Deceit is the key to propaganda

There are 1,400 fewer special education specialists since 2002.

“You do not have to die. If you cease resistance, you will be treated well and return someday to your family.”

The words – in Arabic – appeared on the backs of millions of propaganda leaflets American planes dropped to Iraqi soldiers during the Gulf War.

Your safe conduct pass listed instructions on how to surrender: shoulder your rifle; hold your pass above your head; walk slowly towards us.

Iraqi soldiers were quickly drawn to the leaflets by their flip side, a replicated 25 Dinar banknote with Saddam Hussain’s face on it.

Deceit is the key to propaganda.

In any conflict, it aims at shaking the confidence and convictions of the other side. In the Second World War, an English-speaking Japanese radio voice called Tokyo Rose tried to undermine American troop morale with misinformation.

From Germany, William Joyce, a Nazi nicknamed ‘Lord Haw Haw,’ bombarded British listeners with inflated accounts of Allied casualties. Surrender and return to happier times, he pleaded.

Interviews with captured soldiers show 70 per cent believe propaganda messages, and are swayed by them.

Education Minister Peter Fassbender knows the statistics.

Last week I opened his email to all “B.C. teachers.”  Email – direct hits – beats dropping leaflets from planes, hoping they’ll land in the laps of frontline troops.

Mr. Fassbender will send “a series” of them during contract negotiations between the union and the government. Frontline teachers have noted the insincerity, misinformation, and subterfuge. They won’t break ranks over class size and composition, especially after last month’s Supreme Court ruling that legislation in 2002 and again in 2012 stripped that language from the collective agreement, that doing so was illegal and had to be restored.

Justice Susan Griffin said the government tried to provoke a teacher job action.

Mr. Fassbender cries foul. Instead of accepting the verdict, and the criticism, he launches more irresponsible litigation. “Our actions were to de-escalate and seek a negotiated solution,” he said.

The dismissal of contract language for learning and teaching conditions belies this as much as his claim to respect teachers.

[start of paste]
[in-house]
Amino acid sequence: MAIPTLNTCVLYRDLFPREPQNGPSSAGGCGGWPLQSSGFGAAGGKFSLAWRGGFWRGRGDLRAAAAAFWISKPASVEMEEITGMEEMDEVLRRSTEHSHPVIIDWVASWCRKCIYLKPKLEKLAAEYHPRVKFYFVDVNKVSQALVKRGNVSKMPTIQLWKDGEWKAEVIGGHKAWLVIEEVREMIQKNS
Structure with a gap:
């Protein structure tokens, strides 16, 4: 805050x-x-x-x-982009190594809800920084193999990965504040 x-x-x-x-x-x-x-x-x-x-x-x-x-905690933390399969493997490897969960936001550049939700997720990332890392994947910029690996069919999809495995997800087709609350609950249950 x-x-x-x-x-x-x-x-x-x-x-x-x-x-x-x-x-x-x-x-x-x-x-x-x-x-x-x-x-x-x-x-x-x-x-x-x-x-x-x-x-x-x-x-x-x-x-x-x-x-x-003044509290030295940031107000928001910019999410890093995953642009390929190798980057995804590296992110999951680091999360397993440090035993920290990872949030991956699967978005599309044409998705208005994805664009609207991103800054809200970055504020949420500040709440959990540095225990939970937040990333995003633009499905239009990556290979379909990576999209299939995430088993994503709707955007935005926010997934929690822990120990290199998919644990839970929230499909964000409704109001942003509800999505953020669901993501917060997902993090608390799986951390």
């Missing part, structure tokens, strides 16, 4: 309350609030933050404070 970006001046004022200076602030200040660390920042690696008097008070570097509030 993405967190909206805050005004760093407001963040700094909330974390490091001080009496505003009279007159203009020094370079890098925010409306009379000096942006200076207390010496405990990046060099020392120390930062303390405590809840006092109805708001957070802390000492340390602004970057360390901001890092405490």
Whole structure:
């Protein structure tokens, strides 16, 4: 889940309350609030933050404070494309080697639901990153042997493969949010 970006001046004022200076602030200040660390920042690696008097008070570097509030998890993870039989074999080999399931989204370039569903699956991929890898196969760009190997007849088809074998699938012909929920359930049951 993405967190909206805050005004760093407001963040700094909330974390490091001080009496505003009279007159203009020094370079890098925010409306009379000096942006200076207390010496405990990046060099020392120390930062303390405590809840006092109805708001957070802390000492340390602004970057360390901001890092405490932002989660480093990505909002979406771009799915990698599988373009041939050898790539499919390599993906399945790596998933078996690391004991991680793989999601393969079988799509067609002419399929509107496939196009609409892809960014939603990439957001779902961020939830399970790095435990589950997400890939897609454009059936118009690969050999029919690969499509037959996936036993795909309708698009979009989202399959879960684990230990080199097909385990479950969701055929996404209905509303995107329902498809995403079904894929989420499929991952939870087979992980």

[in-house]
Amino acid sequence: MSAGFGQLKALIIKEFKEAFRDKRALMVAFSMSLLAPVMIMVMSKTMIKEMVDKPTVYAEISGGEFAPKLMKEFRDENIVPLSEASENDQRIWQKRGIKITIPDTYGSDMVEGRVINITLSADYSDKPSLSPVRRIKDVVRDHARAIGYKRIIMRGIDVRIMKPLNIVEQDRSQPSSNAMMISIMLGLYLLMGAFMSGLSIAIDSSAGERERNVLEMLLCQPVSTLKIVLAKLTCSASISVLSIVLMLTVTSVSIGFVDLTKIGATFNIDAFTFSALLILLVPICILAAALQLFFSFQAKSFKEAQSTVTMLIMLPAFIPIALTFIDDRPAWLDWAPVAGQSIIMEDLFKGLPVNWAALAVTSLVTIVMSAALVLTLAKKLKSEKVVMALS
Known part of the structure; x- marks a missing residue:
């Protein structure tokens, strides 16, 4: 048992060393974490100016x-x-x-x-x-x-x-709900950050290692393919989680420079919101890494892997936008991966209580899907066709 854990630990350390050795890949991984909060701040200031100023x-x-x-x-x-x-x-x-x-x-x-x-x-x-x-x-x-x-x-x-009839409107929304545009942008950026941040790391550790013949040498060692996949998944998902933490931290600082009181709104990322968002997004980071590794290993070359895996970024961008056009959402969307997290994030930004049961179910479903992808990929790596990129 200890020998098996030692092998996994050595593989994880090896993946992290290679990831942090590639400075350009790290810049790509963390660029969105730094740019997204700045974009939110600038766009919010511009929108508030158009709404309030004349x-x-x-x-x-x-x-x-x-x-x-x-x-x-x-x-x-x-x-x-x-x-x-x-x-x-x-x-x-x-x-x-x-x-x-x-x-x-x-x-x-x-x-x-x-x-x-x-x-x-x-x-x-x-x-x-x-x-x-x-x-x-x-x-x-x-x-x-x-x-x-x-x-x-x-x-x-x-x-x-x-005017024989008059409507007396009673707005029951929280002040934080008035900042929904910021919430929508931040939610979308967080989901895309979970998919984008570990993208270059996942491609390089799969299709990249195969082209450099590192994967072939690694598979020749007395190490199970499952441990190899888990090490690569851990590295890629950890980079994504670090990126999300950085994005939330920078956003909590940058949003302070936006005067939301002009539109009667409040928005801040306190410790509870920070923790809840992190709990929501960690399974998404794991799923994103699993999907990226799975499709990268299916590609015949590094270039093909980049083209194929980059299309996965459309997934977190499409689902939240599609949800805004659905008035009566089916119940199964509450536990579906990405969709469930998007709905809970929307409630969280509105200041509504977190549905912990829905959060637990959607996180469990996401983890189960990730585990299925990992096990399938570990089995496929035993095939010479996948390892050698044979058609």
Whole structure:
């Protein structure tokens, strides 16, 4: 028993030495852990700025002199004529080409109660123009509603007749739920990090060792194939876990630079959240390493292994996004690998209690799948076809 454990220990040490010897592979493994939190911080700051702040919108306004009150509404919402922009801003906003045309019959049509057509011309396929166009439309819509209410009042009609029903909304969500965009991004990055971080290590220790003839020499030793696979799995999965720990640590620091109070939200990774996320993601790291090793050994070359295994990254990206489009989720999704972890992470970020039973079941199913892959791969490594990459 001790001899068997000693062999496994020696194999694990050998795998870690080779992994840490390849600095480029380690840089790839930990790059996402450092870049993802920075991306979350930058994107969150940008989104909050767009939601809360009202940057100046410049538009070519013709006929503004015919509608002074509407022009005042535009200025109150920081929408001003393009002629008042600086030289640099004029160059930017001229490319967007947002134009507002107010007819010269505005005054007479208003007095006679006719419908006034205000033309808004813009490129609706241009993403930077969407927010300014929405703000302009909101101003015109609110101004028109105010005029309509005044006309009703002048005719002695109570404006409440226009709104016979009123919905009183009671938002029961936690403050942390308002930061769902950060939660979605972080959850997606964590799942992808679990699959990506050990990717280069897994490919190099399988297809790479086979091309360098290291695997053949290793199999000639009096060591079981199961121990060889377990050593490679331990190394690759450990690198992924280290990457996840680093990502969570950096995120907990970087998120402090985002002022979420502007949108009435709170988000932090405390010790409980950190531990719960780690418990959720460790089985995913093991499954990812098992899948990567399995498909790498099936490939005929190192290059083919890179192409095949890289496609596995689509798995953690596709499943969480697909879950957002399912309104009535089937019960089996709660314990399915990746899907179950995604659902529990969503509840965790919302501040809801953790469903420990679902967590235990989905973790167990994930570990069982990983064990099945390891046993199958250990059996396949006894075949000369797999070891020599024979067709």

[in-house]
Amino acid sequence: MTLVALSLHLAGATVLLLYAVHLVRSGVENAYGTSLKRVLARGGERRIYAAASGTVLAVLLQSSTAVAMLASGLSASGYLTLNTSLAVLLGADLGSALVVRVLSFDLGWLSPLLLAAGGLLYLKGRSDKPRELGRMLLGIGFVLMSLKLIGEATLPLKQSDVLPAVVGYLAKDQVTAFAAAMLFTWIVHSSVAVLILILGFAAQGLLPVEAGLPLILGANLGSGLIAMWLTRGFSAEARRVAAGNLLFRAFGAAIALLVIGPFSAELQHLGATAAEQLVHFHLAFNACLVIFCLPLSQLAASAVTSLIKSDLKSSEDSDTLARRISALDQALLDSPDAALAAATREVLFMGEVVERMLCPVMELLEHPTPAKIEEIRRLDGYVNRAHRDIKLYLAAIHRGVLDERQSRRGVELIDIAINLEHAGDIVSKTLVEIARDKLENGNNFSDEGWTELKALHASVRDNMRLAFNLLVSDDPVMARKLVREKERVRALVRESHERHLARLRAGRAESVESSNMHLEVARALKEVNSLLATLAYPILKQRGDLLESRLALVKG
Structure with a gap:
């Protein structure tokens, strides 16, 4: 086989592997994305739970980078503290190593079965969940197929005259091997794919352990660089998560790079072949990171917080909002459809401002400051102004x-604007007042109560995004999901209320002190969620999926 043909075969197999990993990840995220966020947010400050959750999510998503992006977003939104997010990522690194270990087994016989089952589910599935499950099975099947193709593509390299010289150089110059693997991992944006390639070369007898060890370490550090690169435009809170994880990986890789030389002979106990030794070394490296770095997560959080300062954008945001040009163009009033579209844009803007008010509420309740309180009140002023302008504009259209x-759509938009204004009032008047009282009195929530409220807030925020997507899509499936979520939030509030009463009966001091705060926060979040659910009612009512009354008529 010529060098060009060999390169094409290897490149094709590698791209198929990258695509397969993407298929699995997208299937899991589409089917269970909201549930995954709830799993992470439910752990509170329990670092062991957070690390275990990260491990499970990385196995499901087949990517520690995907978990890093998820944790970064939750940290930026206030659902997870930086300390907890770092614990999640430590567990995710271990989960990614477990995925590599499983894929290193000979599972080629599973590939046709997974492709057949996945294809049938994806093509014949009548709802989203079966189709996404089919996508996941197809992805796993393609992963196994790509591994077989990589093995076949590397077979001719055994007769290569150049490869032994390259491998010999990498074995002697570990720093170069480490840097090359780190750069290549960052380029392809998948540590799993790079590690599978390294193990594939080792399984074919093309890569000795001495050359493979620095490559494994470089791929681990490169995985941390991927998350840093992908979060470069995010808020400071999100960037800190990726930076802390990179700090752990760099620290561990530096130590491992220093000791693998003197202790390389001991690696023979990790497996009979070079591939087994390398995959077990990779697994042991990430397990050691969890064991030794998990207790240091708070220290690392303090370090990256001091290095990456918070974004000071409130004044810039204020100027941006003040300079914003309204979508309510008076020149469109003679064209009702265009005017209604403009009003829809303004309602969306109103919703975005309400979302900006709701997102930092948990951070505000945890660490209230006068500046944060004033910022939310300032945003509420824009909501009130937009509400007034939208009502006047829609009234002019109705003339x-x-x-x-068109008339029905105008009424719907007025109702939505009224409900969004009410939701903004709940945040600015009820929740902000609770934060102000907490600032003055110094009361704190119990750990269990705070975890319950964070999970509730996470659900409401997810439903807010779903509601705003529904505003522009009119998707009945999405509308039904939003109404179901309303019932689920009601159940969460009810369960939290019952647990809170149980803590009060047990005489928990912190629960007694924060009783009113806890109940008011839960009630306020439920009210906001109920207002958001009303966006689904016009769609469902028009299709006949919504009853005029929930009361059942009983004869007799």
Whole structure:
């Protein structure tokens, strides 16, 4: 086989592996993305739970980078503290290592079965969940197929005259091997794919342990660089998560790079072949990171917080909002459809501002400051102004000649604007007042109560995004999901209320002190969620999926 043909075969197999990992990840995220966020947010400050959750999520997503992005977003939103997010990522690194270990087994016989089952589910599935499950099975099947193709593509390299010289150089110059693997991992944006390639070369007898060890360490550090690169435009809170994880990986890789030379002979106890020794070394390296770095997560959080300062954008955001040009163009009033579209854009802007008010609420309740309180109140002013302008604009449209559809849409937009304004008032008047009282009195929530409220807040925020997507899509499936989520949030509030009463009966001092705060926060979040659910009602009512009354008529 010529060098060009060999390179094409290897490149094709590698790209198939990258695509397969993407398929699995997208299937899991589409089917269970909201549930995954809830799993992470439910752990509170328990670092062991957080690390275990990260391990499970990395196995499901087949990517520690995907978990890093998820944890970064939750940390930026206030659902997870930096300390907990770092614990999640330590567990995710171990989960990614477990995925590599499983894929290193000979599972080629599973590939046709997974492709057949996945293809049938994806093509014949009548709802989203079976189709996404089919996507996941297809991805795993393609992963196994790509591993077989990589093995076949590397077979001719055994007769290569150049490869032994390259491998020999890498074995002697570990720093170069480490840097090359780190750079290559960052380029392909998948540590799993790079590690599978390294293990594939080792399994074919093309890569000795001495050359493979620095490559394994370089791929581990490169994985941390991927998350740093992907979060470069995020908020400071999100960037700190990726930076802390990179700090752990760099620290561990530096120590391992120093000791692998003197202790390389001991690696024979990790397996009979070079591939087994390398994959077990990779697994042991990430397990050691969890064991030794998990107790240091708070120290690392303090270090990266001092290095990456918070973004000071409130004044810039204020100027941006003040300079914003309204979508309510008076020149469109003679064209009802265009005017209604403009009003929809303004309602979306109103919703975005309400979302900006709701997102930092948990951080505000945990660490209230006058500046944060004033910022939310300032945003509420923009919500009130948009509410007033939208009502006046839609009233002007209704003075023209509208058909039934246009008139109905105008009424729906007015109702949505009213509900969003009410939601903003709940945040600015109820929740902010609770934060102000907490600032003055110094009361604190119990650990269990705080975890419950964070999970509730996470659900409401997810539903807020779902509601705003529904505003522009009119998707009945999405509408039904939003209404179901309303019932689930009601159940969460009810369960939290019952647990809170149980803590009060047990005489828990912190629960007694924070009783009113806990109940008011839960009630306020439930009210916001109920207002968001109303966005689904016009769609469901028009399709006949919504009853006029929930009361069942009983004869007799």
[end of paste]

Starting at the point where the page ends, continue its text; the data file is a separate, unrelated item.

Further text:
“I want to say how much I appreciate the work you and your colleagues do …. ” he writes.

The line sticks in throats.

There are 1,400 fewer special education specialists since 2002, but an ever increasing list of students awaiting tests forced on them by the ministry – a fabricated pre-condition for extra help.

Classroom teachers are told to do some tests themselves to get the ball rolling. They don’t have the time or resources to be a learning assistant or to replace lost counsellors, speech therapists, or librarians.

If Mr. Fassbender appreciated teachers, he’d work with the BCTF to solve problems. He could start with more LAs to assist the growing numbers of grey area students. They’ll be denied support over the next decade as the court appeal creeps through the system again.

“Together, we’ve managed to build one of the best education systems in the world,” writes Mr. Fassbender.

In 10 years or sooner, it’ll be broken.

In 2013, BCTF President Susan Lambert told me it would take $3.3 billion to fix it, not the $1 billion Mr. Fassbender claims now, near Family Day.

His responsibility is to taxpayers only.

But, wrong-headed ministry thinking is not unique to any party.

In 1994, a B.C. Human Rights Tribunal ruled the NDP failed to fund learning disabled students. That prompted North Vancouver to close a learning centre that Grade 3 student Geoffery Moore depended upon.

Tribunal chair Heather MacNaughton found inadequate support was “systemic.” It still is.

Ms. MacNaughton ordered support replaced within a year. Government appealed, setting a precedent for Mr. Fassbender.

To its credit, the NDP acknowledged its early folly before the last election. Adrian Dix promised renewed yearly funding – $265 million over the next three years. He might have turned things around.

Current BCTF head Jim Iker says kindergarten students who needed support in 2002 went without it until they exited the system.

A court appeal seals that fate for this year’s five-year-olds.

“I can only imagine what we could achieve together from a position of long-term labour stability,” says Mr. Fassbender in his email leaflet.

“As Minister of Education, that remains my goal.”

You’d expect to find this kind of doublespeak in George Orwell’s dystopia, 1984.

Expect more leaflets soon.




Jack Emberly is a retired teacher, local author and environmentalist.


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